- Bentham, Jeremy
- (1748–1832)One of the most influential philosophers and legal theorists of the modern age. Against the traditionalist account of English law formulated by William Blackstone, Bentham advanced the principle that law should aim to maximize “utility,” which he defined as human happiness, according to a directly hedonist and indeed reductionist account of happiness as pleasure. It was Bentham’s rationalist revolt against the prescriptivism of earlier legal and social theorists that was most influential. A method of reasoning that attempted to derive sound social policy from some stated root principle, from which all else was held to follow, was characteristic of Bentham and his followers among the so-called philosophic radicals. The radicalism of Bentham and his followers was a powerful weapon against the often rococo absurdities of the ancient constitution and its associated class structure. But it also led to the kind of dogmatic insistence on principle over evidence that Macaulay attacked in James Mill’s Essay on Government and ultimately depended on an unrealistic optimism about the ability of reason to prescribe social arrangements.That dogmatic optimism was in evidence in Bentham’s letter to the French Assembly of 1793, “Emancipate Your Colonies!,” which argued on economic grounds against imperialism, and which clearly presumed that a democratic assembly would be swayed by a well-formulated rational argument. Obviously Bentham’s advice on colonies was taken neither in Paris nor in London; he later argued that colonies were retained as sources of employment, emoluments, and ideological justification for the ruling class and its institutions, a line of argument that became a fixture of subsequent antiimperialism. Bentham’s rationalism, his humanism - social arrangements existed to further secular human happiness - and his disdain for traditional and prescriptive arguments were central to later arguments about empire, and indeed most other political subjects.See also <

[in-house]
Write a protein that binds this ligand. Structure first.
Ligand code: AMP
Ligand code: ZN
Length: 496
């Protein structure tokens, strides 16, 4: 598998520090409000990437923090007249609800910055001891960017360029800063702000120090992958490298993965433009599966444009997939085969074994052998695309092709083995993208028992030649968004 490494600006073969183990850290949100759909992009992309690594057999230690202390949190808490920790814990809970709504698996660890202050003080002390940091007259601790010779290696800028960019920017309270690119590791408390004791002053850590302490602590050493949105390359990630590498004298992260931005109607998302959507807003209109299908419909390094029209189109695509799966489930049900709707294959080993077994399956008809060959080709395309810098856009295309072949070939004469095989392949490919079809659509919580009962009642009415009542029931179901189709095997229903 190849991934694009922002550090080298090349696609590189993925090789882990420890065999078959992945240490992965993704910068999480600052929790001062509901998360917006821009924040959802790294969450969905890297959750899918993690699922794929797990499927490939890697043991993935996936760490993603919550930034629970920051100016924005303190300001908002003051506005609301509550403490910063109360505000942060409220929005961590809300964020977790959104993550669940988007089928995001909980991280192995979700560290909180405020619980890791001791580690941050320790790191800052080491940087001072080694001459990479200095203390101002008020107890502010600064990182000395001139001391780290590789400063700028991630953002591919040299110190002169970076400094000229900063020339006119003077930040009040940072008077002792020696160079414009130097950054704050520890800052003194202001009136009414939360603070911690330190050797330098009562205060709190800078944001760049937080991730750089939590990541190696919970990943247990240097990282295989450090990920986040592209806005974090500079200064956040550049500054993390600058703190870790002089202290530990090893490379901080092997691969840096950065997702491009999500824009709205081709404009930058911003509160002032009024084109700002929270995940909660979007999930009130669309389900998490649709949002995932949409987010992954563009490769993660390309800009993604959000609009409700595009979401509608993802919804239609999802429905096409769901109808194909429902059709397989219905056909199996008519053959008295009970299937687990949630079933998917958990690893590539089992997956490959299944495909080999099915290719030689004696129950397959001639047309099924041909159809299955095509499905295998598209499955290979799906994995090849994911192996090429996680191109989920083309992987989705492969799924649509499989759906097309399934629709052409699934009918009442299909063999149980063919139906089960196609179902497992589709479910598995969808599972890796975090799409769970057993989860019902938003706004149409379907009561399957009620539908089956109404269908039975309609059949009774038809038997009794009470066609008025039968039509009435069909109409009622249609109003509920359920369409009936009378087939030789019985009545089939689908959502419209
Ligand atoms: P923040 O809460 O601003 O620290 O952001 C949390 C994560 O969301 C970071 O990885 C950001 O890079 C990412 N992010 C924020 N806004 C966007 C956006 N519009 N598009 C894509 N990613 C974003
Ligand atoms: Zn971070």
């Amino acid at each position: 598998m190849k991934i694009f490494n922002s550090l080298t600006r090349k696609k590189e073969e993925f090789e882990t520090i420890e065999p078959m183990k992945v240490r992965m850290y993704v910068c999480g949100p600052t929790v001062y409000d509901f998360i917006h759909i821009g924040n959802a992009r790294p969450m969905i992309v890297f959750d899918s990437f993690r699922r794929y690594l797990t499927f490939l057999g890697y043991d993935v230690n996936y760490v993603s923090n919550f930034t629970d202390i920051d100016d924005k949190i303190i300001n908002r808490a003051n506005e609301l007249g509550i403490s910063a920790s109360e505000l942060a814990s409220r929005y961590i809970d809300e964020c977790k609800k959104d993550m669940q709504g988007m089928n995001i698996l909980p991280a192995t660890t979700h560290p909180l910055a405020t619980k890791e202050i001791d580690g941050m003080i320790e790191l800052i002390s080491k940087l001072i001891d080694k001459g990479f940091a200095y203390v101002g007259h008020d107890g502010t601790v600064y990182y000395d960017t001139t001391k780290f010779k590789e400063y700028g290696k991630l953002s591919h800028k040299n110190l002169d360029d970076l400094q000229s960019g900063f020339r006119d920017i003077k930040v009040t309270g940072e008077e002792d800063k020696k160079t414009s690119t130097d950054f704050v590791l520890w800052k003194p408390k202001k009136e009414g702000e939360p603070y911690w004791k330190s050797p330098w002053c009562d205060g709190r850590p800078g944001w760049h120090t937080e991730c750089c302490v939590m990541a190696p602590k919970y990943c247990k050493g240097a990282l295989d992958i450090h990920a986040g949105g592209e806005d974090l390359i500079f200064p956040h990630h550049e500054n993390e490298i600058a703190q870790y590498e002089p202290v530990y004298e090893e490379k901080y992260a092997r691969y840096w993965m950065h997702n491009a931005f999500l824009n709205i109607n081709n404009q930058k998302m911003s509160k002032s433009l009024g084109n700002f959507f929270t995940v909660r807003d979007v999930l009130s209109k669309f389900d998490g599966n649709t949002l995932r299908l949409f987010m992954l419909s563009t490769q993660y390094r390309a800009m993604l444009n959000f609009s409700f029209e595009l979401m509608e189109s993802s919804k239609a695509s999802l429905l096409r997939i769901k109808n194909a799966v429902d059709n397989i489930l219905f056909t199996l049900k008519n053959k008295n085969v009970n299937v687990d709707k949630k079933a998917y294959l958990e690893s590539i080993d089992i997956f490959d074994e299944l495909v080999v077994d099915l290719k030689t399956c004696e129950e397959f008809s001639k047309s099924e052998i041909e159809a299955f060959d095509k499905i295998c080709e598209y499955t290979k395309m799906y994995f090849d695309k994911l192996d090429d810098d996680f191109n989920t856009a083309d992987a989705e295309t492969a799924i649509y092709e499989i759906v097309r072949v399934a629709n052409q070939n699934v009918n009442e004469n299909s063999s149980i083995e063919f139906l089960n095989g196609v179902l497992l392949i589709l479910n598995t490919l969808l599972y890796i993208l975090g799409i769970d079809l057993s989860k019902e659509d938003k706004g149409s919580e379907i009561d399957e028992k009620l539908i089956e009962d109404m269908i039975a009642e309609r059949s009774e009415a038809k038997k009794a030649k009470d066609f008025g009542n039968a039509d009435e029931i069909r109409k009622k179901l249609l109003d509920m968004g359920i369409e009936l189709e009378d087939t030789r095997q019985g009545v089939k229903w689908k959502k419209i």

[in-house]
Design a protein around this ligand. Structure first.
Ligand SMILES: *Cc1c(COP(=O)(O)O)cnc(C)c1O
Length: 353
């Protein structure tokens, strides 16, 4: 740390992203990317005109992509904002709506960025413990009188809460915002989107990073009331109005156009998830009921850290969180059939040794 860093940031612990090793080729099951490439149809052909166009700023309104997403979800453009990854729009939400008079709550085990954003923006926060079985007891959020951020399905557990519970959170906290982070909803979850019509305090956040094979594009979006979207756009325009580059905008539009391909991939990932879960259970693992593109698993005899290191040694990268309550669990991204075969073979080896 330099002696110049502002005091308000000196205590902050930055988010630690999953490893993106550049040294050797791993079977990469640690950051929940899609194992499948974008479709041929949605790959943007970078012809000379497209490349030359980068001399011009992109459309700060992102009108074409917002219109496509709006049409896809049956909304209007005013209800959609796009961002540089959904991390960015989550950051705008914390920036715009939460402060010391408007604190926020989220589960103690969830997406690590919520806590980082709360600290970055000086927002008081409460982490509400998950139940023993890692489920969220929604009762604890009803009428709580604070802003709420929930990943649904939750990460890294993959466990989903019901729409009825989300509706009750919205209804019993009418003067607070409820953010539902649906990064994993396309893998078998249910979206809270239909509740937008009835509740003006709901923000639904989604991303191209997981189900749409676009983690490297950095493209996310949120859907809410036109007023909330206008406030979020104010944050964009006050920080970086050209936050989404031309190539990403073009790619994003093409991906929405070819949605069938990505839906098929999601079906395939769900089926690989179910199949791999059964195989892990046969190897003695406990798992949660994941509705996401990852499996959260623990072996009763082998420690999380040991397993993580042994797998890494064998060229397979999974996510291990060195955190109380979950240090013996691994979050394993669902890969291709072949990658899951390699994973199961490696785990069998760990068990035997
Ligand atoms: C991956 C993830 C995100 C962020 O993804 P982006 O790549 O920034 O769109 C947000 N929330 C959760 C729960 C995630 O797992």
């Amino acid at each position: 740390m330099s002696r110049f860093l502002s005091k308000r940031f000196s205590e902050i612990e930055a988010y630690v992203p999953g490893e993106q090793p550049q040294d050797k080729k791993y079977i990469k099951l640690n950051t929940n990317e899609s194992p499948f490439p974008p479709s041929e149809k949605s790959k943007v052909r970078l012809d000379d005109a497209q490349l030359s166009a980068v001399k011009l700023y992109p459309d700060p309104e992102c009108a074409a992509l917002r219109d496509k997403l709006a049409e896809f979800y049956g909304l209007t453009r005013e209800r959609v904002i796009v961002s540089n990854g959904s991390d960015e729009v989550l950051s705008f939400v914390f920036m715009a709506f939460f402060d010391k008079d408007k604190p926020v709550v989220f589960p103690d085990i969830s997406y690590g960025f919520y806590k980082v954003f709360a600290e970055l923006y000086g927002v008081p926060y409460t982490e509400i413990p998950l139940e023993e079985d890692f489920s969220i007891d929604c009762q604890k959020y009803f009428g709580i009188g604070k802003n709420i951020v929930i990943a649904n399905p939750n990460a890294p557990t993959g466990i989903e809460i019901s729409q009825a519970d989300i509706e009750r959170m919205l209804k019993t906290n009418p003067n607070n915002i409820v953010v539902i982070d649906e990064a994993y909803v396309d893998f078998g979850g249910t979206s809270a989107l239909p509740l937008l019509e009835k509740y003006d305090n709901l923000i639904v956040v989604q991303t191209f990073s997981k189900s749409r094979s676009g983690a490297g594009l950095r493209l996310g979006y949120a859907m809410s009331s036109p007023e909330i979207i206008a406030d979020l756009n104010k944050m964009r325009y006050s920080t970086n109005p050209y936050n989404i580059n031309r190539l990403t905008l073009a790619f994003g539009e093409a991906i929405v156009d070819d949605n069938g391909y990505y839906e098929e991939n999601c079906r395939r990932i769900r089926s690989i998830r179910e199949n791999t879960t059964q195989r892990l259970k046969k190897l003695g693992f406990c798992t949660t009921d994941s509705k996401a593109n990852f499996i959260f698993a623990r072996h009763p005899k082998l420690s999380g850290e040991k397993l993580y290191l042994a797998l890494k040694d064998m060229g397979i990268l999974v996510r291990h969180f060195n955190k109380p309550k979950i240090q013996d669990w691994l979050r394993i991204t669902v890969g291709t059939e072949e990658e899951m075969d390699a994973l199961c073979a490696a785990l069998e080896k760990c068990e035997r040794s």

>.FURTHER READING:Bentham, Jeremy. Rights, Representation and Reform. Edited by Philip Schofield, Catherine Pease-Watkin, and Cyprian Blamires. Oxford: Clarendon Press, 2002;Bowring, John, ed. The Collected Works of Jeremy Bentham. Edinburgh: W. Tait, 1843;Dinwiddie, John. Bentham. New York: Oxford University Press, 1989.MARK F. PROUDMAN
Encyclopedia of the Age of Imperialism, 1800–1914. 2014.